There’s a good mountain bike route here, from the beach around the “cleared” village of Boreraig and Loch Cill Chriosd and back along the cliffs to the start (see MBR website for full details). A similar route is classed as one of the Top 10 Skye walks by the IsleOfSkye.com website.
To continue your journey you have to retrace your steps from Elgol to Broadford and take the main road up the coast. You follow the banks of Loch na Cairidh, Loch Ainort and Loch Sligachan – you’re never far from the sea on Skye.
The Famous Fairy Pools of South-east Skye (after a micro-brewery and distillery!)
Once you’ve crossed the River Sligachan, stop for the night at the Sligachan Camp Site; it doesn’t take reservations, so it’s wise to get there early at busy times of year. It has 80 pitches and spectacular views of the hills and is only five minutes from the Sligachan Hotel if you don’t feel like cooking. The hotel also houses the Cuillin micro-brewery, producing four beers.
In the morning, go back to the Sligachan River crossing and take the A863 to the west coast, along the valley of the River Drynoch with hills rising on both sides. At the head of Loch Harport the road divides: take the left fork towards Carbost to find the Talisker Distillery, Skye’s oldest whisky-producer. They advise booking in advance, which you can do on their website.
South of Carbost, on the road to Glen Brittle, lie the Fairy Pools, multiple cascading blue and green waterfalls where you can swim (the pools are very cold: a wetsuit is advisable). The falls themselves aren’t particularly spectacular, but the surroundings are, with odd little hillocks, and there’s a way-marked walking route to follow. You can park in the Forestry Commission car park signposted Glumagan Na Sithichean, about 5½ miles from Carbost.
The campsite at Glen Brittle was voted No. 1 in Britain by The Daily Telegraph newspaper. It lies between the Black Cuillins and Loch Brittle beach and offers the feel of wild camping but with full facilities. It’s an ideal base if you enjoy hill-walking and climbing or sea-kayaking. Like the site at Sligachan, they don’t take advance bookings.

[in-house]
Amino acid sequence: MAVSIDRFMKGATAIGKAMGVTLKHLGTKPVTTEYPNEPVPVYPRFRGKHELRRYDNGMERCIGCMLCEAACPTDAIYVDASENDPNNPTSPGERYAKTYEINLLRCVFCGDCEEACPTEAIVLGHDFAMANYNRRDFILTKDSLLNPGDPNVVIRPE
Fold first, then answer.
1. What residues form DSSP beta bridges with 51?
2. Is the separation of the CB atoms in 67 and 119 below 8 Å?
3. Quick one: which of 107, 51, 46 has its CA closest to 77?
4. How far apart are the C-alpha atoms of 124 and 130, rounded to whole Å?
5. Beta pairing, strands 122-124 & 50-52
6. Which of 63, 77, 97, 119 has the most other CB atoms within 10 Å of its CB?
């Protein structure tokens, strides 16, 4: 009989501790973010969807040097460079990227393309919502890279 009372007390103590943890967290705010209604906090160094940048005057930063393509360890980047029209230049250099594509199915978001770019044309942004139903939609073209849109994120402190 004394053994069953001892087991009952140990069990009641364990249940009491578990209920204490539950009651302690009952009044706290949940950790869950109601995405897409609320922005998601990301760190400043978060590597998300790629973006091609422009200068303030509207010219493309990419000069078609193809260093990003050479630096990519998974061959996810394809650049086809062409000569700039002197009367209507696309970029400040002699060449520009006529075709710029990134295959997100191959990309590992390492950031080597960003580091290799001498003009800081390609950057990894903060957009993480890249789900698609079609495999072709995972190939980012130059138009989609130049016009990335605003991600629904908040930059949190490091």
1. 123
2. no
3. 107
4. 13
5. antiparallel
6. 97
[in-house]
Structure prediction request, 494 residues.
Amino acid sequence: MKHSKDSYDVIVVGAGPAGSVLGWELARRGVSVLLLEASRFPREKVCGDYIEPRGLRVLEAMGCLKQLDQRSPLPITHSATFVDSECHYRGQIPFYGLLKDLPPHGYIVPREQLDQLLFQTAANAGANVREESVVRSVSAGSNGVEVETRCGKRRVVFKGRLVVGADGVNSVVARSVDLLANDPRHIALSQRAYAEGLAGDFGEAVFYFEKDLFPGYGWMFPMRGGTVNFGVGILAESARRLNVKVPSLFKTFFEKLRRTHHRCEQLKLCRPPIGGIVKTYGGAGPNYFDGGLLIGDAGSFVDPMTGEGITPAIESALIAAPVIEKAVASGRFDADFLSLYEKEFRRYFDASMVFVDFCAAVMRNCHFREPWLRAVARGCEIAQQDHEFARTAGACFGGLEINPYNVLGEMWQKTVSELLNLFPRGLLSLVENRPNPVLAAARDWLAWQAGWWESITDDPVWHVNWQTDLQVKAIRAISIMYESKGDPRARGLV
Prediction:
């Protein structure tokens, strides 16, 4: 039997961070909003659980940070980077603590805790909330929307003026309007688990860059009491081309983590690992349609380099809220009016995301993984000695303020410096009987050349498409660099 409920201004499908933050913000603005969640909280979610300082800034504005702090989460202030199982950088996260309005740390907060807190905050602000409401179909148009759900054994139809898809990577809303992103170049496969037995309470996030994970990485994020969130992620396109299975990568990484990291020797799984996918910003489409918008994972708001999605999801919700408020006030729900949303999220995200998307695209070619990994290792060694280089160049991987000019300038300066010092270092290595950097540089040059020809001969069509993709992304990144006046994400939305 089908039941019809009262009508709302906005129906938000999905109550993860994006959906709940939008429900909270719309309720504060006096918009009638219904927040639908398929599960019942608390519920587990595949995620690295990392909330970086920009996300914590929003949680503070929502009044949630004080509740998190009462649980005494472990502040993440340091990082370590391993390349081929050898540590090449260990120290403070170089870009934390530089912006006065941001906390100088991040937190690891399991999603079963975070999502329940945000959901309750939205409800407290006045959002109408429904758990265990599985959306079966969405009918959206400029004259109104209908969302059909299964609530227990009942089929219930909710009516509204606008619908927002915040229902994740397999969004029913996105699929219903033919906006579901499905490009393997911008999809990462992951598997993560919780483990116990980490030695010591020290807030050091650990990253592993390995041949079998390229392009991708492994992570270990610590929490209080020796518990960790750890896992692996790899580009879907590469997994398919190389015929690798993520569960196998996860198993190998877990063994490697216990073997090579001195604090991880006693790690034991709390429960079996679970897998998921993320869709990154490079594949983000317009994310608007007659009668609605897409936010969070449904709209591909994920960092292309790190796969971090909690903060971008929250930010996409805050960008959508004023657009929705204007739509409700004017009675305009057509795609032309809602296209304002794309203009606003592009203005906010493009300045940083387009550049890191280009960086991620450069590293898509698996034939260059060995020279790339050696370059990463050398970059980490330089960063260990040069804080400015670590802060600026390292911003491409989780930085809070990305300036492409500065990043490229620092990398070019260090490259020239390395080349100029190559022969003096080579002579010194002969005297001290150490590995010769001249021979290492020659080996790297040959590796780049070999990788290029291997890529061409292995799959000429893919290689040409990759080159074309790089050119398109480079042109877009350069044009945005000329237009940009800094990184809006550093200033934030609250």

Either here, at the Fairy Pools or at Dunvegan you may meet the tiny black van of the Cuillin Coffee Company, who serve proper coffee, tea, hot chocolate and snacks: as welcome on a blustery day as it’s unexpected.
Visit the Must-See Dunvegan Castle then swing North for the Famous Neist Point
Take the road back towards Carbost and turn north at Drynoch along Lochs Harport, Bracadale and Caroy to reach Dunvegan Castle, home of Clan MacLeod. Despite looking Victorian, parts of the castle date back to the 1200s. As well as touring the castle and wandering around the gardens you can take a boat trip out to the seal colony all through the summer, weather permitting.
At the north end of Loch Dunvegan, up the road from the castle at Claigan, you’ll find the Coral Beaches. You have to park in the car park and take the cow-pat-splattered track up to the beach (not the first, sandy, beach: the coral one is further on, through a gap in the wall). The “coral” is in fact desiccated algae, but it gives the beach and water that tropical look. There’s an island offshore which can be reached at low tide; be careful to get back to the mainland before the tide rises again or you’ll be swimming (and the water’s definitely not tropical).
Around the corner of the loch from Claigan, at Stein, you’ll find scuba diving facilities at Dive and Sea the Hebrides. There are also mountain biking trails through the forestry on the hill between Fasach and Geary at the north-eastern tip of the Waternish peninsula.